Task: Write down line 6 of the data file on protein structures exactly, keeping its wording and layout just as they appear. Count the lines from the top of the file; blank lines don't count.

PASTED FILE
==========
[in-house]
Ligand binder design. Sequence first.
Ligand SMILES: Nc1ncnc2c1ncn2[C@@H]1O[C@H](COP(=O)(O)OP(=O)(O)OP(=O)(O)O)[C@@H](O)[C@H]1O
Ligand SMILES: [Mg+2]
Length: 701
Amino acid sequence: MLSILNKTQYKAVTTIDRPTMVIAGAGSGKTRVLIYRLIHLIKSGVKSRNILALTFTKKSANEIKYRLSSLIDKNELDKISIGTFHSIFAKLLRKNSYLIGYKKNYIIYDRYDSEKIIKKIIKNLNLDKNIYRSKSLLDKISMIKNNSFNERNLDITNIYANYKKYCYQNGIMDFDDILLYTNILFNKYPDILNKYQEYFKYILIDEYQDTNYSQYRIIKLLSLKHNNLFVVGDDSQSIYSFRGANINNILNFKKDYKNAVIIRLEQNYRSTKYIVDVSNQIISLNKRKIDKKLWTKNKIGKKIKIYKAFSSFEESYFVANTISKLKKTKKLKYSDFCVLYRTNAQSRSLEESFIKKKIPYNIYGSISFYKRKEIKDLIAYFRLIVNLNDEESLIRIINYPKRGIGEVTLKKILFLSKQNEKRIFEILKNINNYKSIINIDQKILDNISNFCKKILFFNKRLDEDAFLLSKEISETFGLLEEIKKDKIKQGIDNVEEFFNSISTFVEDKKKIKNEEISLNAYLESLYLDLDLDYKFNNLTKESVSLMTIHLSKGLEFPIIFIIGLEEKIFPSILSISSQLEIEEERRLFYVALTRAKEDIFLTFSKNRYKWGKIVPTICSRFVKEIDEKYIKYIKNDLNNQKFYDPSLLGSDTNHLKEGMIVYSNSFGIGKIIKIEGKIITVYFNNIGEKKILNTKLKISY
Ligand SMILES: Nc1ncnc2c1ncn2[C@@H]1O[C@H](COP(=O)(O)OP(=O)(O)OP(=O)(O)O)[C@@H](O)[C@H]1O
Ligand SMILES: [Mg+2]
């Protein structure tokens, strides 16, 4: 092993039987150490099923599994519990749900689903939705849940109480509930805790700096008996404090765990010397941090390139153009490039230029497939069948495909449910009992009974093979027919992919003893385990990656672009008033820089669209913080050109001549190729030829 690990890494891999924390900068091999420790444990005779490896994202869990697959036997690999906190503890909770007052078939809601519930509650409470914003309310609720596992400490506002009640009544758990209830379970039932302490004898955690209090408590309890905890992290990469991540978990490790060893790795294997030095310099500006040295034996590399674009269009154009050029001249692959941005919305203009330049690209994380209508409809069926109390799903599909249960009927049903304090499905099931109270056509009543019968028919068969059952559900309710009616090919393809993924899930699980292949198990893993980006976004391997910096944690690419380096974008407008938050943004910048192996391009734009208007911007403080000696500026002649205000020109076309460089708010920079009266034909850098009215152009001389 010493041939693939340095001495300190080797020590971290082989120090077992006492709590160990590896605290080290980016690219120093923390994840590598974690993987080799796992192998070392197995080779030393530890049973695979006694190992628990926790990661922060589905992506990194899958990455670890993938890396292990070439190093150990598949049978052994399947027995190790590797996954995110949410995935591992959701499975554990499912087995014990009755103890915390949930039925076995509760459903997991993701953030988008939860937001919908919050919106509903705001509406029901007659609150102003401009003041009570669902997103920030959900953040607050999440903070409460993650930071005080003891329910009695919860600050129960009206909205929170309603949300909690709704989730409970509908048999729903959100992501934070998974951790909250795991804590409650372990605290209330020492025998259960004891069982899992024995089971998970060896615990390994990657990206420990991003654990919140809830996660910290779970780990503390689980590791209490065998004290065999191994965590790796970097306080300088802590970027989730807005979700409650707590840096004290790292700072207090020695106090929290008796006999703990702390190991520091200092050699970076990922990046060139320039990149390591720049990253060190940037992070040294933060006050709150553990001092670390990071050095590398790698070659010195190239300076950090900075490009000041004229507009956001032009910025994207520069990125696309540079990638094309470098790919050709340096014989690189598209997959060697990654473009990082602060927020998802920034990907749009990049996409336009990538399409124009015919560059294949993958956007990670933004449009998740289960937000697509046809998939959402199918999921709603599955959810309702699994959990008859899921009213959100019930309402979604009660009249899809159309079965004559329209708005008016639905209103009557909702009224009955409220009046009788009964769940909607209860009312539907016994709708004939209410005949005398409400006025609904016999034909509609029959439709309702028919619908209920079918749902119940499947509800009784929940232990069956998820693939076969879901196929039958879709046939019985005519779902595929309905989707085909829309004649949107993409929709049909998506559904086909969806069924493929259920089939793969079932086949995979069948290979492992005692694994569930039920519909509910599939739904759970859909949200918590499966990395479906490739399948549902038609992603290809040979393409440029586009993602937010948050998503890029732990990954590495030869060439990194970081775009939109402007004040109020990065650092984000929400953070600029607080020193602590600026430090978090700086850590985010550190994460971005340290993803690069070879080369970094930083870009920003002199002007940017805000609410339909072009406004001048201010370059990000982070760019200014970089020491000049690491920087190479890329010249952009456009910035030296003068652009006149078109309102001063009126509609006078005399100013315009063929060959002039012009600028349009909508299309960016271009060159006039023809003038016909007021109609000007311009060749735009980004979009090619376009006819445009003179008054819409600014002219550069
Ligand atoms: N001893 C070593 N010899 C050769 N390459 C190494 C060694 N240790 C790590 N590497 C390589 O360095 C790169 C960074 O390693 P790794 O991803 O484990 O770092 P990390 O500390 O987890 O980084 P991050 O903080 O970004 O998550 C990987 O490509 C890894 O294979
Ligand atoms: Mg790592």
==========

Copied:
Amino acid sequence: MLSILNKTQYKAVTTIDRPTMVIAGAGSGKTRVLIYRLIHLIKSGVKSRNILALTFTKKSANEIKYRLSSLIDKNELDKISIGTFHSIFAKLLRKNSYLIGYKKNYIIYDRYDSEKIIKKIIKNLNLDKNIYRSKSLLDKISMIKNNSFNERNLDITNIYANYKKYCYQNGIMDFDDILLYTNILFNKYPDILNKYQEYFKYILIDEYQDTNYSQYRIIKLLSLKHNNLFVVGDDSQSIYSFRGANINNILNFKKDYKNAVIIRLEQNYRSTKYIVDVSNQIISLNKRKIDKKLWTKNKIGKKIKIYKAFSSFEESYFVANTISKLKKTKKLKYSDFCVLYRTNAQSRSLEESFIKKKIPYNIYGSISFYKRKEIKDLIAYFRLIVNLNDEESLIRIINYPKRGIGEVTLKKILFLSKQNEKRIFEILKNINNYKSIINIDQKILDNISNFCKKILFFNKRLDEDAFLLSKEISETFGLLEEIKKDKIKQGIDNVEEFFNSISTFVEDKKKIKNEEISLNAYLESLYLDLDLDYKFNNLTKESVSLMTIHLSKGLEFPIIFIIGLEEKIFPSILSISSQLEIEEERRLFYVALTRAKEDIFLTFSKNRYKWGKIVPTICSRFVKEIDEKYIKYIKNDLNNQKFYDPSLLGSDTNHLKEGMIVYSNSFGIGKIIKIEGKIITVYFNNIGEKKILNTKLKISY